If you are curious, here is my playbook for organic SaaS growth.
Unlike e-commerce, SaaS is not a transactional business. You do not make money on a one-time purchase. Rather, you make money on long-term product usage.
And to keep users engaged for the long term, you must deliver value every time they use your product.
Thus SaaS growth depends on continued value delivery.
Discover what is valuable for your customers at each stage of their lifecycle and adopt it in your offering.
An excellent tool to unearth such stage-wise value is Value Matrix.
It is a two-column matrix where I map the top-priority value users desire at each stage - from new signup to onboarding to activation all the way to the last stage of the user lifecycle.
Attempt to discover their desires and challenges at each stage as they move from being interested prospects to curious free users to hooked paying customers.
How do you discover those values?
From extensive customer development interviews, user research, and data analysis.
Ask, study, and analyze.
But beware of the differentiation between ‘needs’ and ‘desires’. People love to talk about their desires but they pay for their needs.
Nothing matters but the continued creation and the delivery of value for customers.
When you deliver value every time, you set the stage for high product engagement, low churn, high net promoter score, and high customer lifetime value.
When users achieve their goals, your business invariably achieves its goals.
When SaaS founders complain about stagnant growth, I ask them about their daily marketing activities.
More often than not, they only do a little.
When you look at big corporations, they have huge sales and marketing teams and put effort every day.
If you want results, you have to market your business every day.
It can be anything from ABM-style direct outreach to social media posts, but it has to be every single day.
Sounds too plain to be true?
Consistency and momentum are competitive advantages that many overlook in their search for complicated 'strategies.'
There should be no shame in offering value.
Create an extensive content and outreach plan and try to stick to it.
At the least, it should have day and week-wise content that you will publish, channels that you will use, and the outreach targets.
Here is an example:
and so on.
Create a plan in a spreadsheet for the next 12 weeks and stick to it. Start small and keep things manageable.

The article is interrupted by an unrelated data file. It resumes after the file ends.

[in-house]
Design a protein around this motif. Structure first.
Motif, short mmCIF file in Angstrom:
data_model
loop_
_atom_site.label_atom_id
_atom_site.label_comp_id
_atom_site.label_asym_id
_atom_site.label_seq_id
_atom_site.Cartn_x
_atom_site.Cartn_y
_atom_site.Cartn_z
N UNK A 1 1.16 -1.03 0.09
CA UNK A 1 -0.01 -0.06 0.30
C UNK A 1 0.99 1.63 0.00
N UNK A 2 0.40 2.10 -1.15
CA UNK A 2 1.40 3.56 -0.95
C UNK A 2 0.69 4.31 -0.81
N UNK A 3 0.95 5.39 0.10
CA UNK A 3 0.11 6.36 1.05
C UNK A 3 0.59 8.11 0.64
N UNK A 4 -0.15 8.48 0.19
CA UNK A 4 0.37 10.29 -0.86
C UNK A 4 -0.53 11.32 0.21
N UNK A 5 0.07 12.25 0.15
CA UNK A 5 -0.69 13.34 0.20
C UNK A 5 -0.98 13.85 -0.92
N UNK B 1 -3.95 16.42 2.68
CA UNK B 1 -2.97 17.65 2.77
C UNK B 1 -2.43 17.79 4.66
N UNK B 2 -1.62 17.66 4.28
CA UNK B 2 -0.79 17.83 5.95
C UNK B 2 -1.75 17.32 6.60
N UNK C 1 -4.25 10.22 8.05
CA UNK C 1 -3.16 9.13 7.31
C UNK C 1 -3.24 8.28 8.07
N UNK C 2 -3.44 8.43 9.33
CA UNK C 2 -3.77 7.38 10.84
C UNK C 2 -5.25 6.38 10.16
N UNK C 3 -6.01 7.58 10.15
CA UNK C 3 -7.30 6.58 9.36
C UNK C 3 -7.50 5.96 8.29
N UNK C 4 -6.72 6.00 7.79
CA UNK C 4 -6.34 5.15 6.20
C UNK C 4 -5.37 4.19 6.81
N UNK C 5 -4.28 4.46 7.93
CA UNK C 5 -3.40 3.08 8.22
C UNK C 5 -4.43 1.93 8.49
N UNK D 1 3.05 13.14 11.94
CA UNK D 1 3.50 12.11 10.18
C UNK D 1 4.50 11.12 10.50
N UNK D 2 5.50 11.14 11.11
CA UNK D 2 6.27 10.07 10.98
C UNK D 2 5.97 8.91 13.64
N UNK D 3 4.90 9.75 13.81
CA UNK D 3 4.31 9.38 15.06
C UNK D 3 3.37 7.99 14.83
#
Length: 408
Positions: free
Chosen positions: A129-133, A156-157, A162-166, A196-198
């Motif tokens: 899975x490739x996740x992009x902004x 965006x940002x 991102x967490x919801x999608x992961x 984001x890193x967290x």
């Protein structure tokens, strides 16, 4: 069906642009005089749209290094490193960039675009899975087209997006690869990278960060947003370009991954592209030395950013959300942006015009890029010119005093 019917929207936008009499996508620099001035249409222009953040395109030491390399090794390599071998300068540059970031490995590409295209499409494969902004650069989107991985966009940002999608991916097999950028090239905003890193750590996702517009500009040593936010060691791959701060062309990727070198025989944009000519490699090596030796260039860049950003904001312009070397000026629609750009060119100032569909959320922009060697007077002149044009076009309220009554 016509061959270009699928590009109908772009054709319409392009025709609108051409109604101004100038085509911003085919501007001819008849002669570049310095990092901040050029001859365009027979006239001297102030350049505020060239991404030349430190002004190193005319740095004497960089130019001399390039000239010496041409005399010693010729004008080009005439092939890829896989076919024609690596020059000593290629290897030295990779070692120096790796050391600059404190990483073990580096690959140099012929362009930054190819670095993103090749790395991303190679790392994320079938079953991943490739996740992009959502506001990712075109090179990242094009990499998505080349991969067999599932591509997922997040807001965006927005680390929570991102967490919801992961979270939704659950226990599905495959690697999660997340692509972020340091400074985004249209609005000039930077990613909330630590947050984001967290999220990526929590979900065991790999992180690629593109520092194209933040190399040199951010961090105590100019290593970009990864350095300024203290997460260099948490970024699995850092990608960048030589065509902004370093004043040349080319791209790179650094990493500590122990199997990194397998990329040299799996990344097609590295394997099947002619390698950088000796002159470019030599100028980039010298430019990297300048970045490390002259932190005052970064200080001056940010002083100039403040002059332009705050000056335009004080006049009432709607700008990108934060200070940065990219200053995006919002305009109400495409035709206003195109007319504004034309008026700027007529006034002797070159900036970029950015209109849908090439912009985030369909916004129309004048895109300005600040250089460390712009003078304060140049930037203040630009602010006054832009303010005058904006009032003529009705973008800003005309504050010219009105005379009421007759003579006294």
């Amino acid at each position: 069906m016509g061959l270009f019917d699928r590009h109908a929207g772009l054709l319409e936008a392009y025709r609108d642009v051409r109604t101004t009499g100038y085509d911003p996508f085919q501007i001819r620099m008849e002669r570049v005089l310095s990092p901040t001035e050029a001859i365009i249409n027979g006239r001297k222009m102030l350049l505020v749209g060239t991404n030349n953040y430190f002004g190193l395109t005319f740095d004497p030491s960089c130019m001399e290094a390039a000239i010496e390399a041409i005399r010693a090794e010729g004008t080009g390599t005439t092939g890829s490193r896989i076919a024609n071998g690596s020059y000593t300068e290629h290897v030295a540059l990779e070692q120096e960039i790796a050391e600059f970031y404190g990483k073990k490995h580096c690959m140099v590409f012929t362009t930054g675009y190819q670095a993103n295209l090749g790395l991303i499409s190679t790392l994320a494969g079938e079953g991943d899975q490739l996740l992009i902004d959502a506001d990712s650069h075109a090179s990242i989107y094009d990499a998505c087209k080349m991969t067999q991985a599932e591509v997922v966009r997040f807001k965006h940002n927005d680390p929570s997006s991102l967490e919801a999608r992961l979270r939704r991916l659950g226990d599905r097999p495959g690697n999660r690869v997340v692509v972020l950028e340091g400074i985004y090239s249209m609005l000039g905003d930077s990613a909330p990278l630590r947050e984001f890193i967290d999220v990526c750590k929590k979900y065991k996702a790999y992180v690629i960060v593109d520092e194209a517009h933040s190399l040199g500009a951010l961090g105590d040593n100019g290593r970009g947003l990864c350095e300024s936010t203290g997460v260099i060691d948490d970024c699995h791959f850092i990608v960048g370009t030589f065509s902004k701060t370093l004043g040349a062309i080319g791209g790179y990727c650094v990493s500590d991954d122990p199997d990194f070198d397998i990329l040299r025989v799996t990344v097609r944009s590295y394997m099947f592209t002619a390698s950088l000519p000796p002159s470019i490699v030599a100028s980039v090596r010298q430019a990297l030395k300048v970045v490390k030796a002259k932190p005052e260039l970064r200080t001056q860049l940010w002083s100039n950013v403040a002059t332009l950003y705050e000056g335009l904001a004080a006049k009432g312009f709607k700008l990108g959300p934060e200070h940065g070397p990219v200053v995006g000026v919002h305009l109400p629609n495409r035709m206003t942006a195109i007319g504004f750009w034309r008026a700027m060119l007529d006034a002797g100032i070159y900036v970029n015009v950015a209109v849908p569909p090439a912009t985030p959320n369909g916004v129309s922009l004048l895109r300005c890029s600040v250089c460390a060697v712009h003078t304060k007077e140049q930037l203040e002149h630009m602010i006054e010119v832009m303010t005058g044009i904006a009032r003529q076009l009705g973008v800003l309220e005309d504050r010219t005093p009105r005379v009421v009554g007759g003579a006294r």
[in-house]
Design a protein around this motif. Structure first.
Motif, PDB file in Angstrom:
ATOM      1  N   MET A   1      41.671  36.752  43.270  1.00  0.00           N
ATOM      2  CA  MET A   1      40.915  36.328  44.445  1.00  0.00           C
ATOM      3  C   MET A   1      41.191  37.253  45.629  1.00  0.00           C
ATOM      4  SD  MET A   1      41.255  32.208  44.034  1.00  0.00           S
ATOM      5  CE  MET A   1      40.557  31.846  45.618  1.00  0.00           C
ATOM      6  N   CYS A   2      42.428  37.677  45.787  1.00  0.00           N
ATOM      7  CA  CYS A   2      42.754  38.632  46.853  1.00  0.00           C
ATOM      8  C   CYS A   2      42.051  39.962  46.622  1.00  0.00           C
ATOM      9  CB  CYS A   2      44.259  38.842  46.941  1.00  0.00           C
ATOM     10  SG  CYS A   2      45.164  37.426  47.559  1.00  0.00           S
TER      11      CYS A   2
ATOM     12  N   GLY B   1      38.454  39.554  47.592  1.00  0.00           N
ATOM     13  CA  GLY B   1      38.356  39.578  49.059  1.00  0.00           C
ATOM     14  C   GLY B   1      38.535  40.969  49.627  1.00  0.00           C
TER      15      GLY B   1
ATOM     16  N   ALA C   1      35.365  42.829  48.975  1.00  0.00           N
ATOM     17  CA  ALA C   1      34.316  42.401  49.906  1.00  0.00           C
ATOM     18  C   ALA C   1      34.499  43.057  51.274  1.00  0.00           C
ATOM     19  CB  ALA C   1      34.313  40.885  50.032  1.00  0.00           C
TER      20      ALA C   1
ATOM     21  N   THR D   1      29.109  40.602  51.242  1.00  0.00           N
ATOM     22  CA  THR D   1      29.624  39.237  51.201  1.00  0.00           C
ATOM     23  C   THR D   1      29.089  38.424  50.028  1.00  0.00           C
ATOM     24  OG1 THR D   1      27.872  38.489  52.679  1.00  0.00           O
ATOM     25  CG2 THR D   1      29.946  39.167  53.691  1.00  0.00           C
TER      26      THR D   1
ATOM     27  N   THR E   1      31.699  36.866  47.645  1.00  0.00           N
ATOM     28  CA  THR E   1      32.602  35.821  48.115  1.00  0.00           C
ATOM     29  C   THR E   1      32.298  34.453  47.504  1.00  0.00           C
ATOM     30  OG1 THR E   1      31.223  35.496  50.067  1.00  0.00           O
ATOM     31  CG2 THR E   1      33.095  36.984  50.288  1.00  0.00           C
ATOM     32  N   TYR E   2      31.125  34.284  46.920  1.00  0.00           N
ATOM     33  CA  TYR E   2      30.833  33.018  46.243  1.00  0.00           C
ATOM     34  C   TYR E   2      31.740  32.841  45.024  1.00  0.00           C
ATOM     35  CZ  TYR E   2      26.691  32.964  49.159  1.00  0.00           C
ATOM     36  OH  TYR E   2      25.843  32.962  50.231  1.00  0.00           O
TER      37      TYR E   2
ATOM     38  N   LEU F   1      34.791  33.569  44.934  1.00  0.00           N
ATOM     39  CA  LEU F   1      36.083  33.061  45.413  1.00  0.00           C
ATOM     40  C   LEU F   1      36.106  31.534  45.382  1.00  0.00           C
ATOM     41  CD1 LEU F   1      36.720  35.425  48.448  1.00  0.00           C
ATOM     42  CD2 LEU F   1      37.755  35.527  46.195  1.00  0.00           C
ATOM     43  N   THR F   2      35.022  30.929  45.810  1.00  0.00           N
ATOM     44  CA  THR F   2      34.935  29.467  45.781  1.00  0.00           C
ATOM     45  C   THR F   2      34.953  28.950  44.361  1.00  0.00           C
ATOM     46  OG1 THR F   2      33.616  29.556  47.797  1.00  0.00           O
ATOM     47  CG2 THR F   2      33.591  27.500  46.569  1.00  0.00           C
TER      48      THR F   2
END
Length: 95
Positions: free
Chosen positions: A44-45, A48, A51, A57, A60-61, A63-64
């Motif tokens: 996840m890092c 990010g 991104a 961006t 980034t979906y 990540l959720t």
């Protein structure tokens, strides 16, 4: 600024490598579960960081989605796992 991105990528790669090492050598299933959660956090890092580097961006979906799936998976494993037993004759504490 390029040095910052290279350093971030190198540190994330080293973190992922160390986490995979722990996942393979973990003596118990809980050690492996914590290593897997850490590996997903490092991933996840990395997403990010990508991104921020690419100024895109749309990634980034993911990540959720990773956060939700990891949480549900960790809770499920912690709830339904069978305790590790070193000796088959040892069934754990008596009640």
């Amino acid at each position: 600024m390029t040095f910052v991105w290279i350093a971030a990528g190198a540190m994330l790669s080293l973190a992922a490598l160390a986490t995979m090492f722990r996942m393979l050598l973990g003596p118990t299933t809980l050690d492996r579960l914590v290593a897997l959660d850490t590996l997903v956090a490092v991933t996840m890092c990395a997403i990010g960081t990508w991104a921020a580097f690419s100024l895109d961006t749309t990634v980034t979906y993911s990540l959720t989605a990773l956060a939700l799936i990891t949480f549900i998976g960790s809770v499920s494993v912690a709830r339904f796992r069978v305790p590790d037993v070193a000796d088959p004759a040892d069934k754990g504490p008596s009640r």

You do not have to do ten different things at a time.
Do whatever is possible, but do it consistently and with high quality.
As a founder, you have a lot to manage on a day-to-day basis.
Decision-making demands critical thinking, and you can only make a few good decisions daily.
Do it more; it will tire you out. Do it less and risk creating a mess.
A good approach is automating repeated tasks and focusing on high-impact areas.
If you have ten decisions to make in a day, which ones of them will have the highest impact on the growth of your business?
Do not do something because ten other people are doing it.
Observe, analyze, and decide what works for you and what does not.
Fads are all around. They come and go fast.
Businesses built on fads shut shops as often as they get launched.
But when they have their run, fads are good, they help attract eyeballs.
So, fads are good as accelerators.
Ride the waves, get discovered, get new attention but build something everlasting.
People distrust anything that comes across as 'salesy'.
In fact, they will trust the casual advice of an acquaintance more than any expensive advertisement.
Use the power of being ordinary and scrappy for the growth of your business.
Forget about state-of-art designs and production.
Record selfie videos and product tours over Loom.
Write semi-casual emails while still being respectful.
Zoom’s founder Eric Yuan once replied to my scrappy email that talked about something valuable to him.
Focus more on sharing your point-of-view, capabilities of your product, and engaging with your users.
That’s all I wanted to discuss today on growth strategies for asymmetric returns. I welcome your suggestions, questions and feedback. Leave a quick comment below.